|Publication number||US3709432 A|
|Publication date||9 Jan 1973|
|Filing date||19 May 1971|
|Priority date||19 May 1971|
|Publication number||US 3709432 A, US 3709432A, US-A-3709432, US3709432 A, US3709432A|
|Original Assignee||Mead Corp|
|Export Citation||BiBTeX, EndNote, RefMan|
|Patent Citations (3), Referenced by (85), Classifications (18), Legal Events (1)|
|External Links: USPTO, USPTO Assignment, Espacenet|
United States Patent [191 Robertson 1 Jan. 9, 1973  METHOD AND APPARATUS FOR AERODYNAMIC SWITCHING  Inventor: John A. Robertson, Chillicothe,
 Assignee: The Mead Corporation, Dayton,
 Filed: May 19, 1971  Appl. No.: 144,841
3,656,171 4/1972 Robertson ..'.239/l5 X Primary Examiner-Allen N. Knowles Assistant Examiner-John J. Love Attorney-Marechal, Biebel, French & Bugg  ABSTRACT Filaments of fluid are stimulated with transducers to cause them to break up into uniformly spaced drops. The lengths of the filaments before they break up into drops are regulated by controlling the stimulation energy supplied by the transducers, with high amplitude stimulation resulting in short filaments and low amplitude stimulation resulting in long filaments. A flow of air is generated across the paths of the fluid at a point intermediate the ends of the long and short filaments. The air flow affects the trajectories of the filaments before they break up into drops more than it affects the trajectories of the drops themselves. Therefore,'by controlling the lengths of the filaments the trajectories of the drops can be controlled, or switched, from one path to another. In a non-contacting coating system this provides means for directing some drops into a catcher while allowing other drops to be applied to a receiving member.
12 Claims, Drawing Figures BACKGROUND OF THE INVENTION One form of noncontacting coating system, as disclosed in US. Pat. No. 3,560,641, employs a coating head which includes a series of closely spaced orifices through which filaments of coating material are projected under pressure. The filaments tend to break up into fine drops and the size and spacing of the drops can be closely controlled by imposing a high frequency vibration on the coating material supply system. An electrostatic deflecting field is positioned downstream of the orifices, and charge rings are positioned intermediate the orifices and the deflecting field to selectively apply charges to the filaments at the point at which they break up into drops. Charged drops are then deflected as they pass through the deflecting field while uncharged drops pass through the deflecting field without being affected thereby. By providing means for catching either the deflected or the nondeflected drops and controlling which drops are to be deflected, a patterned coating, such as printing, can be applied to a receiving member moving past the coating head.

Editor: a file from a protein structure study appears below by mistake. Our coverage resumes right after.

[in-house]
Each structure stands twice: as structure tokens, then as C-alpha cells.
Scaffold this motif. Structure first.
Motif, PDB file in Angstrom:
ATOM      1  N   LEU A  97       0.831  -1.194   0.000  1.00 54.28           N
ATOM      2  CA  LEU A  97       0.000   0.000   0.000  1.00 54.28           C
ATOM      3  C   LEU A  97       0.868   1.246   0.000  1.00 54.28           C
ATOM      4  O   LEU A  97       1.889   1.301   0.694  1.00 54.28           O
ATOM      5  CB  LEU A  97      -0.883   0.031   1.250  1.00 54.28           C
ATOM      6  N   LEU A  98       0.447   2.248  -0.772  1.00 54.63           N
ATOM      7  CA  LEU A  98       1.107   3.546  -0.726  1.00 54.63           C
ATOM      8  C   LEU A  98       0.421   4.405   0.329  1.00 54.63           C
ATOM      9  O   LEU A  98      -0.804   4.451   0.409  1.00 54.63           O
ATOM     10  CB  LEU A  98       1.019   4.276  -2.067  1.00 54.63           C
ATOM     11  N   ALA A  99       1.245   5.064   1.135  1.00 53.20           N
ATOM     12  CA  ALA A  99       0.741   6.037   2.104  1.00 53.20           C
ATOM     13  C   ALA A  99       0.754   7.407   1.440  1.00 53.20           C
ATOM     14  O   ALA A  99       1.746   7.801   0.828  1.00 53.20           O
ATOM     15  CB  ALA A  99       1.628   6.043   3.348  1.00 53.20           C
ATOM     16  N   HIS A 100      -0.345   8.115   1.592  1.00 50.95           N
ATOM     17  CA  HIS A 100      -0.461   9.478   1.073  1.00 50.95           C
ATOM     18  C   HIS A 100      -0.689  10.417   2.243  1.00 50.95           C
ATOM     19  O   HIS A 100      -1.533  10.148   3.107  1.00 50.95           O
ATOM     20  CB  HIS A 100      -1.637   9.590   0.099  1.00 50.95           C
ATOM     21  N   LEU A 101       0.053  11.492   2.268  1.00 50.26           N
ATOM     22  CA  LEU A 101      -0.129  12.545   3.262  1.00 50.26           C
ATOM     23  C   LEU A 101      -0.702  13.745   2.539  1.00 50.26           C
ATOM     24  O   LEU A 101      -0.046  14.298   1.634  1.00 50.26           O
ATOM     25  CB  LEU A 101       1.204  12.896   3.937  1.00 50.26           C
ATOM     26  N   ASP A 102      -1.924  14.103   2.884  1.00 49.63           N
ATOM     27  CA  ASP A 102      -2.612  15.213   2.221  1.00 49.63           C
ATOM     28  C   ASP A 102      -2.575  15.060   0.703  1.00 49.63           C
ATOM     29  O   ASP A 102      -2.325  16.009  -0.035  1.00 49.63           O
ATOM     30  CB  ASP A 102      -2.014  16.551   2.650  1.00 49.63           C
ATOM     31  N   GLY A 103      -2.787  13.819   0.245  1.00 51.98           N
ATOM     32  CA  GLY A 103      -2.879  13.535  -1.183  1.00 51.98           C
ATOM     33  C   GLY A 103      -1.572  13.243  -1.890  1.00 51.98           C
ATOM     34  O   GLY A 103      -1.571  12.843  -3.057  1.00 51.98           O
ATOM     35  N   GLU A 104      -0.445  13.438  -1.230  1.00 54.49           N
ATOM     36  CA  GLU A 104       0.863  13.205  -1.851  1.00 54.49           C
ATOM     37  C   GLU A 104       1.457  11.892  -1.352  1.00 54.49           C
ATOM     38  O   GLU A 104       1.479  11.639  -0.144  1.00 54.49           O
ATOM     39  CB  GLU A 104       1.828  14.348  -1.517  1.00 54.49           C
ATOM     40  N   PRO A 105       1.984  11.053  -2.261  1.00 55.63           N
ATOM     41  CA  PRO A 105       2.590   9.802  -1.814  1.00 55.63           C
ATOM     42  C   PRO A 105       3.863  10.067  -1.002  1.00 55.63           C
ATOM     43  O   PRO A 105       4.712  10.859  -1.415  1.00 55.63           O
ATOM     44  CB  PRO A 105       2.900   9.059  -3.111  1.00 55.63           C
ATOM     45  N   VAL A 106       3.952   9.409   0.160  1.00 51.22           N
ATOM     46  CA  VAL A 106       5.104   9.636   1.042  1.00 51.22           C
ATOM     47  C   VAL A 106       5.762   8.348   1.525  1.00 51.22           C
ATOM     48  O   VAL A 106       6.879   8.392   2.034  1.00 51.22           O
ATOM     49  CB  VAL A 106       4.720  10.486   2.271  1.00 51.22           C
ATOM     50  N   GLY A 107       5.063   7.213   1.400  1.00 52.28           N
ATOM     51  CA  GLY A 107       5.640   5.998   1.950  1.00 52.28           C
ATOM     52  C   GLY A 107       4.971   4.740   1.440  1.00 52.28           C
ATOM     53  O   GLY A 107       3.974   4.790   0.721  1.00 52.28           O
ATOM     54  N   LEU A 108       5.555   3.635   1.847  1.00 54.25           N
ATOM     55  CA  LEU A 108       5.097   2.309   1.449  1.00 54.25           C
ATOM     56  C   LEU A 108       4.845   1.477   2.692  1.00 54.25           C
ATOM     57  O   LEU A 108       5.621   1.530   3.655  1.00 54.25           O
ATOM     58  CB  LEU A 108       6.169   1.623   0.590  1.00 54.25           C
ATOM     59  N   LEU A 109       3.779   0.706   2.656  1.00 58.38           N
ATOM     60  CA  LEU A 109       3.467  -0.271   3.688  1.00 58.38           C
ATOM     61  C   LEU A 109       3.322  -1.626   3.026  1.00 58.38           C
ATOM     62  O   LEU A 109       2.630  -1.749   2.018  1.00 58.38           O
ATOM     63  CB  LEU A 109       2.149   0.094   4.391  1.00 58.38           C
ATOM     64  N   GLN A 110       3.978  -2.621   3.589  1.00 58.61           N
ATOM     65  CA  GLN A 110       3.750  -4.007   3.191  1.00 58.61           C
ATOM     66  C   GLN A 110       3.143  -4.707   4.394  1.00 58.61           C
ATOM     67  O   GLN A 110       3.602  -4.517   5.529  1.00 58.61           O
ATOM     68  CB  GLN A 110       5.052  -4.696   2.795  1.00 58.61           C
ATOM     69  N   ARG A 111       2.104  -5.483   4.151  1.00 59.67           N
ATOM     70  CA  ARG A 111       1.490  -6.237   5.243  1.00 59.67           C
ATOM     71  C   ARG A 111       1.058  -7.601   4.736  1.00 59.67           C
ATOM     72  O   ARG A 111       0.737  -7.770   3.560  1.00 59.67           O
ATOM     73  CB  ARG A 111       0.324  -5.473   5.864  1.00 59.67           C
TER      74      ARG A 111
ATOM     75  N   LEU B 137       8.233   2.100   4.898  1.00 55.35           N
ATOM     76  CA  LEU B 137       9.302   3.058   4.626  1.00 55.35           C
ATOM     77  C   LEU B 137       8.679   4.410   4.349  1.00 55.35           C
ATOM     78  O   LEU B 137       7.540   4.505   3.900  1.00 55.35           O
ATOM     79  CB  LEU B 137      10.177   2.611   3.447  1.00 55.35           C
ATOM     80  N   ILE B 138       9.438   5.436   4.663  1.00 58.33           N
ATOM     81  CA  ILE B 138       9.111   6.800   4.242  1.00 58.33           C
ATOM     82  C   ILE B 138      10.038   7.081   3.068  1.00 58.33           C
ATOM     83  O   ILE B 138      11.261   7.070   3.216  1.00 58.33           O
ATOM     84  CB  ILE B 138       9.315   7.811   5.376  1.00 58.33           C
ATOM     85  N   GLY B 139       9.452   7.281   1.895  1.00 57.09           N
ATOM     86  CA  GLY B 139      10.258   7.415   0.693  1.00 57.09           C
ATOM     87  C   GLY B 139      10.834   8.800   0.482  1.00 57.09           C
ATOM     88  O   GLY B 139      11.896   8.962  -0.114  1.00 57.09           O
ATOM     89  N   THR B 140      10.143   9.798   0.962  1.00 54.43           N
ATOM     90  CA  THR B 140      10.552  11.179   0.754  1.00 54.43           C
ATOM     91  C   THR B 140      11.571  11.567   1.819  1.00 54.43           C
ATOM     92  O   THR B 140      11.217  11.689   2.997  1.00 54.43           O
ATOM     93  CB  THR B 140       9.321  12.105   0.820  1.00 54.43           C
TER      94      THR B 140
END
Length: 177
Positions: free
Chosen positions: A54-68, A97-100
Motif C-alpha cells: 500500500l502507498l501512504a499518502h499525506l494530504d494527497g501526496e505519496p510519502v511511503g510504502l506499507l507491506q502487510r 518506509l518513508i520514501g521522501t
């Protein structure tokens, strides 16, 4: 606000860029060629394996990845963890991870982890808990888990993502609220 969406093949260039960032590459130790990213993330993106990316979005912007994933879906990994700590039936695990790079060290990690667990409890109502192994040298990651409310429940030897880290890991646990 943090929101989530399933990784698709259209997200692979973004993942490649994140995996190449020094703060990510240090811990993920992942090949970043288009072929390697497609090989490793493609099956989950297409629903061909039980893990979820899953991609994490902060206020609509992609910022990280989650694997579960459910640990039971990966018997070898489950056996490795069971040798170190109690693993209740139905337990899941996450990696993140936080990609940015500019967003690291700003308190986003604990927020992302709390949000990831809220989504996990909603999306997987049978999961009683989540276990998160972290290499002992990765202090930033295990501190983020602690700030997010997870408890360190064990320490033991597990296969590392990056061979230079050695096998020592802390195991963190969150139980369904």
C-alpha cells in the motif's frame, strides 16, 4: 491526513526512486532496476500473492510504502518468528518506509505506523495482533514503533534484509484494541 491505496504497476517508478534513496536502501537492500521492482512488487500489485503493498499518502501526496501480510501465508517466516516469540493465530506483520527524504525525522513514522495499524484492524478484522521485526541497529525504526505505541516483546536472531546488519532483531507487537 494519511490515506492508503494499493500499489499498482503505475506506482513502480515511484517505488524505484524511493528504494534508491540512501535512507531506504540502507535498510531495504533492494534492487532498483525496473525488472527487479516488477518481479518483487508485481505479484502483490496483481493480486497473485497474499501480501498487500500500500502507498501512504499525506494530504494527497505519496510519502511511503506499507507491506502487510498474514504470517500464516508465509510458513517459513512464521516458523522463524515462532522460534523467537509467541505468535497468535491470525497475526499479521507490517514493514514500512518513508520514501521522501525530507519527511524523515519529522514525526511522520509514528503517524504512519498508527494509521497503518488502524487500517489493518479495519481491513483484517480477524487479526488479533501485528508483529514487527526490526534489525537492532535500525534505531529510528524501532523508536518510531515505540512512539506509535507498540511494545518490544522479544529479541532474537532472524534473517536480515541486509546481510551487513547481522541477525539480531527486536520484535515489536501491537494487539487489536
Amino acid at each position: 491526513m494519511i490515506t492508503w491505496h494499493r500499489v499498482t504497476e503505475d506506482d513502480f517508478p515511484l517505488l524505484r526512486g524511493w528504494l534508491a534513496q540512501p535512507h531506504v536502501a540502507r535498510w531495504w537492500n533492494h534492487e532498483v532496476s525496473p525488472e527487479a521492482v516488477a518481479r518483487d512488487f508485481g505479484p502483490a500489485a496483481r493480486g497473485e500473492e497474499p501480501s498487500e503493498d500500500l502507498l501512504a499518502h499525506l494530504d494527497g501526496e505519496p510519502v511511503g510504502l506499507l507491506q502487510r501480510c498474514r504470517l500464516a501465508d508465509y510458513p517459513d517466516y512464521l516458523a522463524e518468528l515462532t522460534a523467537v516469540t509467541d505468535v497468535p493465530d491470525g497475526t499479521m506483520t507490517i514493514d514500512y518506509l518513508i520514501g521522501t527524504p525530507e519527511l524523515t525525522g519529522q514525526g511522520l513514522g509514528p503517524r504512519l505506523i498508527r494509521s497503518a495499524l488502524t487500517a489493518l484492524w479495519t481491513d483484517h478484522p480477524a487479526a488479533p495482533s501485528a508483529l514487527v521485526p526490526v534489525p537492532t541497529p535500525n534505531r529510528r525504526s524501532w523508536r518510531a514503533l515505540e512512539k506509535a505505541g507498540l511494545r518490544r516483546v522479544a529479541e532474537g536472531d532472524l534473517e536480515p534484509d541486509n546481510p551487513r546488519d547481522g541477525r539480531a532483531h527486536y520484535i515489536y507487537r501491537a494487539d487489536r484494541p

SUMMARY OF THE INVENTION The present invention provides a simplified system for switching drops of fluid along alternate trajectories without the use of electrostatic deflecting fields or the necessity of charging the fluid drops. This is accomplished by applying variable amplitude stimulation energy to the fluid filament. This causes the fluid filament to break up into drops at a frequency equal to the stimulation frequency but with a break off point which shifts with changes in applied stimulation energy. A high amplitude stimulation will result in a relatively short filament and a low amplitude stimulation will produce a relatively long filament.
An air flow is generated across the path of the fluid at a point intermediate the downstream ends of the long and short filaments. It has been observed that an unbroken fluid filament is affected by laterally blowing air to a greater extent than the trajectory of the drops themselves. Thus by selectively applying high and low amplitude stimulation to the fluid stream the path of the drops can be switched between two alternate trajectories. This principle may be applied to a single fluid filament or alternatively may be used for switching drops from a plurality of filaments.